BOULDER JUNCTION - Wisconsin kids living with cancer in their family got to run wild this weekend at Camp Angel in Boulder Junction. The Angel On My Shoulder Foundation has been sending kids from around the state to Camp Angel for 17years.
The foundation's founder and executive director says the whole purpose is to provide a weekend for these kids to just be kids again.
"It's healing. It's healing for me as well as for them," says Executive Director Lolly Rose.
When Rose's husband passed away from cancer she and her family decided to create something that would help others affected by the disease. The Angel On My Shoulder Foundation has programs for cancer survivors and caregivers... but it's someone else that Camp Angel focuses on.
"These are kids affected by cancer through a loved one, either parent sibling or grandparent. Or they've lost someone to that situation," says Rose.
"And anybody whose dealt with cancer knows that really takes up everyone's time and energy and thoughts and everything is built around what's going on with the cancer," says Amy Lemke.
"Families don't get to do as much fun stuff. They don't get to go to the Dells or do fun things on the weekend, or roller-skate, or play out with friends or go on play dates because a lot of times parents are going to the hospital," says Dr. Vijay Aswany, from Marshfield Clinic.
These kids are bussed in from every nook and corner of the state to enjoy a weekend of fun, and a little bit of pampering.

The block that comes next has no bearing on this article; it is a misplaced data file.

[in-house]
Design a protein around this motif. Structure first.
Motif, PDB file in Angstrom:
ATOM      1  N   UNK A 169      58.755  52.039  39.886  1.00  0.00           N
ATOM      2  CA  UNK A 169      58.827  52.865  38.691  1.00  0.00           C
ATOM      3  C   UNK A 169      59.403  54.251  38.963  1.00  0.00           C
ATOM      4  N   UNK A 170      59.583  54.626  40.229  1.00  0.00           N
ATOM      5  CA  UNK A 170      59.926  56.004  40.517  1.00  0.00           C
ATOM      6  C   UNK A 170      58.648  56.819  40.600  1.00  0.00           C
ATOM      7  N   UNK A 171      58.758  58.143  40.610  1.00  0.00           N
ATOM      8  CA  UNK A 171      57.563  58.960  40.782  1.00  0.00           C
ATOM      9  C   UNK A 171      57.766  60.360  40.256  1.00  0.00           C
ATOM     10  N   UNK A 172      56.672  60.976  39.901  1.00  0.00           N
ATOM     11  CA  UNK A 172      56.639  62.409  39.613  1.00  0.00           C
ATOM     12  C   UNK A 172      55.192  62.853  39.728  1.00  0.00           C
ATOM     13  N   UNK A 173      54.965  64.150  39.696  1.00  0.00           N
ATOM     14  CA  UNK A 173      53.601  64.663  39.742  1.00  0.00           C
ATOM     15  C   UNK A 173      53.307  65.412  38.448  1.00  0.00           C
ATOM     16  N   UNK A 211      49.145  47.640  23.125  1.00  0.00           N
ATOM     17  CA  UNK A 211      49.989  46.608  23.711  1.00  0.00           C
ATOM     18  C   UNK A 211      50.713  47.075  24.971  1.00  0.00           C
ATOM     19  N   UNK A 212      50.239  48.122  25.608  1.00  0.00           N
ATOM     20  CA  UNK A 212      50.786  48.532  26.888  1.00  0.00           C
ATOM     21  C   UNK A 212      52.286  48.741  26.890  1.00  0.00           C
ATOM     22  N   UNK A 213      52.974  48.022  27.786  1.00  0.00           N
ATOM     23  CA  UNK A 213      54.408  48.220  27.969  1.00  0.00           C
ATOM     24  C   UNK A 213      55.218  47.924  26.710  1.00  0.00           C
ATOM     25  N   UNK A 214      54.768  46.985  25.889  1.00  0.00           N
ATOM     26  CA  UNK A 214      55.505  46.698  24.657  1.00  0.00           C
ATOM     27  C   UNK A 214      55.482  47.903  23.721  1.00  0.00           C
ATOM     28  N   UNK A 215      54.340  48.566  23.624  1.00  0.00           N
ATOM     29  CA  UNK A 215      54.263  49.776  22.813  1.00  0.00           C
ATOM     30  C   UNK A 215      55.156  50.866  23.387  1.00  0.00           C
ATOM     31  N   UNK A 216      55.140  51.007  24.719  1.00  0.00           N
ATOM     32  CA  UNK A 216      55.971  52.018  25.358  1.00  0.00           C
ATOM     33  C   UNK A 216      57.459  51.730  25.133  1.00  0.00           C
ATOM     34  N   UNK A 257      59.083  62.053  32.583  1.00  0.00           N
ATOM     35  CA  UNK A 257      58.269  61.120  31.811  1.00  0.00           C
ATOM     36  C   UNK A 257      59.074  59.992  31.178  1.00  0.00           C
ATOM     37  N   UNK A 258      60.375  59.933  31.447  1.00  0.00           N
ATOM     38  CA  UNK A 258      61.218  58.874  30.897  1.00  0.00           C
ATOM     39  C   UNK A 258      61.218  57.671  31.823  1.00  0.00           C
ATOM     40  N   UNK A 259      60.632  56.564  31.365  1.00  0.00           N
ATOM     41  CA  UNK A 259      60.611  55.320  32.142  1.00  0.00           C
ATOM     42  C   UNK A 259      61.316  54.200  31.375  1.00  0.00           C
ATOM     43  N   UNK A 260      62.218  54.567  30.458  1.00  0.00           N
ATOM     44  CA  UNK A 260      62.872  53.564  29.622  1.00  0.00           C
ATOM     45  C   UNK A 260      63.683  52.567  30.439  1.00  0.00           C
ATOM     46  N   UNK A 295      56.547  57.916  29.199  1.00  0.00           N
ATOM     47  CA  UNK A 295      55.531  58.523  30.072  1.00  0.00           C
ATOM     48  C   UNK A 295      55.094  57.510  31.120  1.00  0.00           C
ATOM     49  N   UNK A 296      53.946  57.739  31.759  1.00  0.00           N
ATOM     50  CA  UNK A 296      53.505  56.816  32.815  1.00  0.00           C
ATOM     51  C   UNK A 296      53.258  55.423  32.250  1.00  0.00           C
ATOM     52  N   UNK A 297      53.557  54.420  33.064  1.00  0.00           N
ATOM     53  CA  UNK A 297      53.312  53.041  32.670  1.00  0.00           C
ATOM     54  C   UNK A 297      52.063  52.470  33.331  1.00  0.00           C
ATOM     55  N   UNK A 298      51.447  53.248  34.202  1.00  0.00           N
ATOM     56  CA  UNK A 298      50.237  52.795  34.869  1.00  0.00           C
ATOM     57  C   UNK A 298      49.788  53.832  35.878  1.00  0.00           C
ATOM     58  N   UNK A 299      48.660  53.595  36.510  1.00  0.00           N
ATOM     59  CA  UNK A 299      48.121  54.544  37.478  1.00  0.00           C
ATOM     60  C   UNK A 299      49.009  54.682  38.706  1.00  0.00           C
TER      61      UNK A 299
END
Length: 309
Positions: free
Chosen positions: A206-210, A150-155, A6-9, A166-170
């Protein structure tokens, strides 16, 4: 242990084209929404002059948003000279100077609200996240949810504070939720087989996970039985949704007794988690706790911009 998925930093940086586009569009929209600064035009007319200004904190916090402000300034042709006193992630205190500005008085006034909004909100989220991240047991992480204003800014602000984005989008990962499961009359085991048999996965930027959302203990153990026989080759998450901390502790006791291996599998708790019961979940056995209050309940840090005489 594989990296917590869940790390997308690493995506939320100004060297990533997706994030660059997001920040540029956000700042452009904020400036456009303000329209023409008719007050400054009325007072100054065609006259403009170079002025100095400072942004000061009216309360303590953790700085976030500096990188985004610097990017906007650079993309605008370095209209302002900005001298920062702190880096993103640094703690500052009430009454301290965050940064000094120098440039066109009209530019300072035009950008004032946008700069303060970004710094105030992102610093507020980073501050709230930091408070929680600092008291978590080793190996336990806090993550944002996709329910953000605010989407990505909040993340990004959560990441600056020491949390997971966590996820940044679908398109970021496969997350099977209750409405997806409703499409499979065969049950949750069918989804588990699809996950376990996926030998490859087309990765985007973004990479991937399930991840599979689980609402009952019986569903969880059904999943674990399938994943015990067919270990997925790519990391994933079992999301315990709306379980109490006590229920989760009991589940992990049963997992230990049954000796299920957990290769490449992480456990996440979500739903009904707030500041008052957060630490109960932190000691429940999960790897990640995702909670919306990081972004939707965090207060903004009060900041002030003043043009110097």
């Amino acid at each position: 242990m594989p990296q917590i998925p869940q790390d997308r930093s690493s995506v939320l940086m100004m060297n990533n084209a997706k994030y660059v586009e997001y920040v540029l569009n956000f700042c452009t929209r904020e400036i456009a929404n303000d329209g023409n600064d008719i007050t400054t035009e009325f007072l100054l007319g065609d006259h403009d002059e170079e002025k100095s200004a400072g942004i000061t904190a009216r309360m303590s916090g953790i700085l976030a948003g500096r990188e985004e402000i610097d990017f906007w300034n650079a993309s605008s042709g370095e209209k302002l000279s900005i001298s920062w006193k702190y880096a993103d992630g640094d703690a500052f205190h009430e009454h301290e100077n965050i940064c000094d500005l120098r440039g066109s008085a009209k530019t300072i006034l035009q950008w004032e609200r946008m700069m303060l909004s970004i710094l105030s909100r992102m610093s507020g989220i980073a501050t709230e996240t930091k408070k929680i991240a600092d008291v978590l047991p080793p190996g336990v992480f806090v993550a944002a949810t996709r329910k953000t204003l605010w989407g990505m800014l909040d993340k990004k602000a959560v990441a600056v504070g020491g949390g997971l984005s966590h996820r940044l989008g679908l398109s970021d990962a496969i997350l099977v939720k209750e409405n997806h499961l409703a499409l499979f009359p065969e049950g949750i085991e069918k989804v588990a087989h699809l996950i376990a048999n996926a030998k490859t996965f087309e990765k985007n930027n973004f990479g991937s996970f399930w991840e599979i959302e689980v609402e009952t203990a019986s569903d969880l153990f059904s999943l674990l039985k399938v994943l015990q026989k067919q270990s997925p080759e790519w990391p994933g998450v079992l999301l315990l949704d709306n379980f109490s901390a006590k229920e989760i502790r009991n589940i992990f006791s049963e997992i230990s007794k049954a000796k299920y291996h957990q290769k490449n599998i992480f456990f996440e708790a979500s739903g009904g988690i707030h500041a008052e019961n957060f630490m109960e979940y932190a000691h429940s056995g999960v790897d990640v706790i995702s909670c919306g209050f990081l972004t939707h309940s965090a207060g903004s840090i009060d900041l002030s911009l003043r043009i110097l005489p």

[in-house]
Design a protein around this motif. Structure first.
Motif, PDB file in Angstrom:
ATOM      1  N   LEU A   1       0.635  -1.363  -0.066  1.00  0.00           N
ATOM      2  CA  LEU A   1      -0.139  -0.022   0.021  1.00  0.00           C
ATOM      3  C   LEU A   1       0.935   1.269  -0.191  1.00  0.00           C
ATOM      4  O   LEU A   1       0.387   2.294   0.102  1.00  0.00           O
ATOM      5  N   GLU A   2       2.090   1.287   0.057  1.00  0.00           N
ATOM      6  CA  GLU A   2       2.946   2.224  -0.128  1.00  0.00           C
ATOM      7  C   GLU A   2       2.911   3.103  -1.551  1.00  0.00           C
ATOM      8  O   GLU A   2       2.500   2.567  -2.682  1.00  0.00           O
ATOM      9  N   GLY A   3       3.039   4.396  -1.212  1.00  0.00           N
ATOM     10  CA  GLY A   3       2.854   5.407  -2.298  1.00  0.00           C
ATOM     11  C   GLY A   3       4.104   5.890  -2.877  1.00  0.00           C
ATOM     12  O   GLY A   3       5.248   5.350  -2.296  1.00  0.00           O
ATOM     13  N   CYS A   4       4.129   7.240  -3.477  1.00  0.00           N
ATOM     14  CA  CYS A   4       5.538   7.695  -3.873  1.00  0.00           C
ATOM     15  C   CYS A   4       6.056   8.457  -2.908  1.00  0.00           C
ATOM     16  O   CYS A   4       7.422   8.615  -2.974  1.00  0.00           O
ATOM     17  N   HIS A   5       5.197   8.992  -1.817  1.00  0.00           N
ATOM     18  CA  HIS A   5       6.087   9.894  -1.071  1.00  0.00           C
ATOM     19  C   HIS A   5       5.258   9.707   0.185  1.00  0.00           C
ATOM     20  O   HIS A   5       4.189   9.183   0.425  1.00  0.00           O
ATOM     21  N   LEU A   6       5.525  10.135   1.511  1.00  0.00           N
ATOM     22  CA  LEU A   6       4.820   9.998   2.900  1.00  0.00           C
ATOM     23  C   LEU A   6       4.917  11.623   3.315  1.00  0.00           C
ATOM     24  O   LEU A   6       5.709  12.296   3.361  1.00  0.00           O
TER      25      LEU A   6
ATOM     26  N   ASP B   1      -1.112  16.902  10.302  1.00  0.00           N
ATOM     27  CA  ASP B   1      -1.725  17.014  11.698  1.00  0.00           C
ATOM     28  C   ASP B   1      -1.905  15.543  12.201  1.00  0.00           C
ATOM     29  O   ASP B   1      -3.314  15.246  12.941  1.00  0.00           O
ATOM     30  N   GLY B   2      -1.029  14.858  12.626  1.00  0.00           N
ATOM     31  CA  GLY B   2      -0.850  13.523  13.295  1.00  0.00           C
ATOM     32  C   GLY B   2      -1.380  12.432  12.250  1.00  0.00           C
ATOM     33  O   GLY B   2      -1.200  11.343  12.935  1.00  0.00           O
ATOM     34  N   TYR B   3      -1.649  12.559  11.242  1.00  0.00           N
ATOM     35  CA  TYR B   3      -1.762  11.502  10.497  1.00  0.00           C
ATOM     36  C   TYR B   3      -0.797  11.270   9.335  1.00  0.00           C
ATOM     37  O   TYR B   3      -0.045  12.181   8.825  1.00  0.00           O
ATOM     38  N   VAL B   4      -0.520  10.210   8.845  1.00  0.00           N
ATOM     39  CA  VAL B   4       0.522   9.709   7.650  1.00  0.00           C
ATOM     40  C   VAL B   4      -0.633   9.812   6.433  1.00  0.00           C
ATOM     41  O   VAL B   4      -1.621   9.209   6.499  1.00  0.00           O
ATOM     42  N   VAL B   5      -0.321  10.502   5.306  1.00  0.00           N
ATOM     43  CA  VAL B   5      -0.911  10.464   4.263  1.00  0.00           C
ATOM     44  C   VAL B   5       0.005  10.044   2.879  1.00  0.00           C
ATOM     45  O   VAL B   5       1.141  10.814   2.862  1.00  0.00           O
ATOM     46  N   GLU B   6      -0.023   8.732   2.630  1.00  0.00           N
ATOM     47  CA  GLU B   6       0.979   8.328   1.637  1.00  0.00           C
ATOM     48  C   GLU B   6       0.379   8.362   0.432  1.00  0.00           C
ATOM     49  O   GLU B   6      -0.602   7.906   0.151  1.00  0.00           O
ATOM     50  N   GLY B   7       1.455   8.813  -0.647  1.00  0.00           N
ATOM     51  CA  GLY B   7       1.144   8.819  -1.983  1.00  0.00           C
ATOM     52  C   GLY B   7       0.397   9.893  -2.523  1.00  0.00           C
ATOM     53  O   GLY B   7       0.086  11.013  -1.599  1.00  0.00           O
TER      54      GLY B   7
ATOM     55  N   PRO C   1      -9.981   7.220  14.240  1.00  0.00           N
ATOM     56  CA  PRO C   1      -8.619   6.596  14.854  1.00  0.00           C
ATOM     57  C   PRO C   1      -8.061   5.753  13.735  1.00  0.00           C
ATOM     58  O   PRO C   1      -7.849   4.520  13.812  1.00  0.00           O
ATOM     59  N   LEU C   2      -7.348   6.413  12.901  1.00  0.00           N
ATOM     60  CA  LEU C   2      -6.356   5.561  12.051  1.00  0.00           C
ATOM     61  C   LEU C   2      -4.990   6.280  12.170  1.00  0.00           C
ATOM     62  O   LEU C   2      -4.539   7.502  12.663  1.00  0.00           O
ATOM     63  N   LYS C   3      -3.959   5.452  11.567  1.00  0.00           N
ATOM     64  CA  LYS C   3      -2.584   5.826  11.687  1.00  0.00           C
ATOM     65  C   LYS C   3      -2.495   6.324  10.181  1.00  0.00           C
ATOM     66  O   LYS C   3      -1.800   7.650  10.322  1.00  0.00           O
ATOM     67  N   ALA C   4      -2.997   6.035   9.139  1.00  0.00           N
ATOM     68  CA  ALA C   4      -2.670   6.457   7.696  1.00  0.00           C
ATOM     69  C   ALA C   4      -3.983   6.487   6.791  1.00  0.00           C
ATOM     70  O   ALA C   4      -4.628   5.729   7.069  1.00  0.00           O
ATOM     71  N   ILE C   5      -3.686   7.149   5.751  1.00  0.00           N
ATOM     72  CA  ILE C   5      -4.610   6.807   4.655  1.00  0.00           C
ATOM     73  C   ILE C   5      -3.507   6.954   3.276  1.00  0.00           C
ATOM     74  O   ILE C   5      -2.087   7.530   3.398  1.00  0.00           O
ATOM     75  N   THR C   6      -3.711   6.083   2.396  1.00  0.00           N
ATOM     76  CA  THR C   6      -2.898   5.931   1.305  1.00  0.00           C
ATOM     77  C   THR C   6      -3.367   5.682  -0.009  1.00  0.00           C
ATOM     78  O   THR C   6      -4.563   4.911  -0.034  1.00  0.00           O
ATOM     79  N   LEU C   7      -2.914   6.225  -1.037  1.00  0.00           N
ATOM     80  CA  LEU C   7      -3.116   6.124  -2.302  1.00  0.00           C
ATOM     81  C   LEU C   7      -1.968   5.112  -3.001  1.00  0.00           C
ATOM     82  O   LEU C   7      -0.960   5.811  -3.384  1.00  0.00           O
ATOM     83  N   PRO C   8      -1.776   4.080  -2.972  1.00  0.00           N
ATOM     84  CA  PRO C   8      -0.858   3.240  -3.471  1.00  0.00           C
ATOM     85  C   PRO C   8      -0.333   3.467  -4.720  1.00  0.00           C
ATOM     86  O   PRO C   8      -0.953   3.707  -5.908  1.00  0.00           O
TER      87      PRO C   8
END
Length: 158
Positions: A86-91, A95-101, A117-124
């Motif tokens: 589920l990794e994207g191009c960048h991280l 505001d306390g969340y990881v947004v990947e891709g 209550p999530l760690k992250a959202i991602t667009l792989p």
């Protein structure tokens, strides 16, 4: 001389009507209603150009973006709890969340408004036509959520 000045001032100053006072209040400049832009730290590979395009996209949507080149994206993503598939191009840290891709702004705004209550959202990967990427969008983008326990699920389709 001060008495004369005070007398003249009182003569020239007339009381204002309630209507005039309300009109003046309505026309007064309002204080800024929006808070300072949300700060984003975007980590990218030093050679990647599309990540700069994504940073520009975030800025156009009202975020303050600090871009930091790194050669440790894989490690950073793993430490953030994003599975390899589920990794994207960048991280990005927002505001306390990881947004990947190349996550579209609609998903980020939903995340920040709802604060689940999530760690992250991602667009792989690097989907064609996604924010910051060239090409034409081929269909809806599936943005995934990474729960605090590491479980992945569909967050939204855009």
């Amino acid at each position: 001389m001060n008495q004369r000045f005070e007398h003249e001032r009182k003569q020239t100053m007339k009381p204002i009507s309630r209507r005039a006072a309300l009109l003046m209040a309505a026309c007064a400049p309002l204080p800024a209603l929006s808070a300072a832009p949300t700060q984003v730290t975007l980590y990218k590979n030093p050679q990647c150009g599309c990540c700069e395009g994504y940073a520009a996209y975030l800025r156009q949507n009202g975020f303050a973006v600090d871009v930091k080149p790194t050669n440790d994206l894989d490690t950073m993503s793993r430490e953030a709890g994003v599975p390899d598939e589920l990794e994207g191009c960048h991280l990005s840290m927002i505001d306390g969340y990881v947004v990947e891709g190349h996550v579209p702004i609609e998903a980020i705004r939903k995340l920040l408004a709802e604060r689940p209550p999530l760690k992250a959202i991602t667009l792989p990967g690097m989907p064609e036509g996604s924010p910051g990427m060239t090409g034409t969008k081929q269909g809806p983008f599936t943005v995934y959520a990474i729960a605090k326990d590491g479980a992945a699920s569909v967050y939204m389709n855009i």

"This morning we got our hair done, and face paint. And then we made kaleidoscope. Then we went rock wall climbing and we both got to the top," says Emily Sullivan, nine years old, from Dodgeville.
On snowy weekends the kids get to go snowmobiling, sledding and ice fishing. Volunteers say cancer is often the one element that's not on the agenda.
"We don't have any talks on cancer. We don't walk around with long faces. Here, you're just a kid," says Dr. Vijay.
"And they don't have to talk about it if they don't want to. But if they want to talk about it, everybody around them knows what this is about. They know where these kids are coming from," says Cody Lemke, a Counselor.
"You definitely notice them being able to relax and relate," says Richard Lemke.
The kids might start out shy, but most find it's a place they can make fast friends.
"We kept smiling at each other on the bus," says 10-year-old Julia Herod, from Waukesha.
"Yeah we became friends pretty much when we walked into the building," says Sullivan.
Camp Angel has touched so many kids for so many years, many of them come back, to give back. Twelve-year-old Alayna Perry went from camper to junior counselor.
"My mom met up with the people and she likes to do a lot of volunteer work and help because she was the one who had cancer for this camp, and she wants to give back because of the opportunities I was able to get because of it. I think we're going to be doing this every year," says Perry.